How often do you come across myths? I’m not talking about ancient stories that explain unfamiliar natural phenomena or teach us something — for example, the ancient Greek myths of Prometheus, Heracles or Perseus. Rather, I’m talking about fancies that generate dubious notions of any activity without their confirmation in practice — for instance, myths concerning what helps children to learn Russian quicker.
In life, I often encounter different parents’ views that I’d like to comment on and dispel from the perspective of teaching experience. In the article, I consider the four most widespread myths.
Over the past few years of teaching Russian as a foreign language, there was a breakthrough that impacted both approach to teaching Russian and attitude toward the language in general.
Could it be considered a revolution? You will know the answer later. Meanwhile, I suggest you take it slowly and remember what has happened in the teaching of Russian as a foreign language over the last six years.
Why do I say over the last six years? That is how many years old my Soroka course turned in 2022. The first course appeared in February of 2016 and students are still loving it.
The exercises from these tests can be used as: tests, additional exercises, and an entry test. If you have doubts about which level to start with — Soroka 1 or Soroka 2 — please do all of these tests first, and this will help you to determine the level.
Exactly the same tests in their entirety are at the very end of the Soroka Teacher’s Book. So, if you already purchased the Teacher’s Book, you already have these tests. You don’t need to buy this file.
The question of what qualifications a teacher should have is not an idle question. I previously wrote about our teachers and people with different backgrounds who also teach Russian as a foreign language. There are both professors and people who know language more or less. How do I feel about that?
Let’s begin with a story that took place 100 years ago in Hungary. A young girl who was a graduate chemist couldn’t find a job. Quote:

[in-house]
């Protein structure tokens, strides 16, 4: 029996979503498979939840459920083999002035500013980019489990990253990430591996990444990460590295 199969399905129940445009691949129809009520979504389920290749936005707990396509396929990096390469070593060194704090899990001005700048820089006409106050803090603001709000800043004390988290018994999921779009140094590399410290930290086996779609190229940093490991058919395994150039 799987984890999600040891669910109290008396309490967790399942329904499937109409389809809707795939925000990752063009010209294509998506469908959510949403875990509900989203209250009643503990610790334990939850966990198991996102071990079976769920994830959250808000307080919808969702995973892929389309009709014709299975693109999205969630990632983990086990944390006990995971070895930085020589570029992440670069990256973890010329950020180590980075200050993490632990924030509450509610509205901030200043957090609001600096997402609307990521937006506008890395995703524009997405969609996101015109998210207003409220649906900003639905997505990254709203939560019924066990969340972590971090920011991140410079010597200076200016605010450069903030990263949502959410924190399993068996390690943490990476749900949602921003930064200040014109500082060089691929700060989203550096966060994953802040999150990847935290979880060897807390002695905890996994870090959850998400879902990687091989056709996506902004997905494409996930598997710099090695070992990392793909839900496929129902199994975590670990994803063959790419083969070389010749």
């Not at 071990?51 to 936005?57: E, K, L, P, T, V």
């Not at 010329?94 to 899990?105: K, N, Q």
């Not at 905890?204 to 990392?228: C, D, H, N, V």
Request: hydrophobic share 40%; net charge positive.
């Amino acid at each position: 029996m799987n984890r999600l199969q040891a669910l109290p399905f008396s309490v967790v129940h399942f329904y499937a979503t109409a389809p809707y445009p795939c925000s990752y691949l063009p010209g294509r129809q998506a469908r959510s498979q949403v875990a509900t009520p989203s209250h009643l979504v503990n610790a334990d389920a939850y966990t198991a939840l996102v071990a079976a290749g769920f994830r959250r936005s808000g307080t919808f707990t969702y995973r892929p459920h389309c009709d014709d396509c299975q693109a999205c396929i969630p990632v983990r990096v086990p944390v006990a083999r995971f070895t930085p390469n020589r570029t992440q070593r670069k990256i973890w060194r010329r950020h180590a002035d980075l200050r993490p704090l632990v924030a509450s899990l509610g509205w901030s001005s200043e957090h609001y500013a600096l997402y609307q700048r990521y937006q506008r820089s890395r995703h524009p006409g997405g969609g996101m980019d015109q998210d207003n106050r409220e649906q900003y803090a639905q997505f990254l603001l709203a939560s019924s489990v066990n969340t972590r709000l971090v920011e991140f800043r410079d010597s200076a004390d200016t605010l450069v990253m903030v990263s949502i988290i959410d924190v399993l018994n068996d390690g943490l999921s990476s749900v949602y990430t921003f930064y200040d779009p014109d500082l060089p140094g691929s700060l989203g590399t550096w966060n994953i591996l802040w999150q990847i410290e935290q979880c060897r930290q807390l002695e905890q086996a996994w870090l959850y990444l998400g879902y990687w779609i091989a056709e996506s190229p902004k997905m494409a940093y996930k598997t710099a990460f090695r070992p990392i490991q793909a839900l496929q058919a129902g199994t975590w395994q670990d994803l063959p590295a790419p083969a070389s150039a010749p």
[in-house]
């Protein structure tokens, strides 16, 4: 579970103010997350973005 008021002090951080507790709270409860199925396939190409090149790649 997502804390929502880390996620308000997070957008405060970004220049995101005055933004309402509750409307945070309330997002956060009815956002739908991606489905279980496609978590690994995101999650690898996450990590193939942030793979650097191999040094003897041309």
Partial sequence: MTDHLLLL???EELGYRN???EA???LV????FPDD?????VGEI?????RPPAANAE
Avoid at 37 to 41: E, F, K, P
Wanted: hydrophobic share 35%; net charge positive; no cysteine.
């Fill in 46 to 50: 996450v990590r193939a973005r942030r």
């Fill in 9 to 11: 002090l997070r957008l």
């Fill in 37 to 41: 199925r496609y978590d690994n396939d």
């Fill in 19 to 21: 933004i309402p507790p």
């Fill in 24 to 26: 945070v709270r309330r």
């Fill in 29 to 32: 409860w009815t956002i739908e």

I frequently give my students the opportunity to derive rules by themselves. I write about it in the Teacher’s Book, as well. Why am I doing it? How does it help us in studying Russian as a foreign language in the Soroka course? Let’s figure it out.
First, I would like for you to look in the Teacher’s Book and see what I am talking about.
In my teaching career, there were situations when students knew grammar well and did grammar exercises correctly, but still ignored all learned grammar rules in their speech. And it didn’t matter what language they had been learning – Russian or English. Teachers often encounter this problem, so let’s figure out what we can do to cope with it. I suggest taking three steps.
I’m often asked which cartoon I can recommend to kids that learn Russian.
The answer is: The one that corresponds to their language level. It means that if your students follow the curriculum of the Soroka course, which is for beginners, then the cartoon should be of the same level. That way, it will make sense!
To give you a better understanding of why level-matching is important, I suggest that you conduct an experiment.
Is taking one hour a week of Russian language enough or not?
To answer this question, I invite you to learn how our memory works. Let’s view the forgetting curve. It is the result of experiments conducted by the German scientist Hermann Ebbinghaus in 1885. Here we see the following: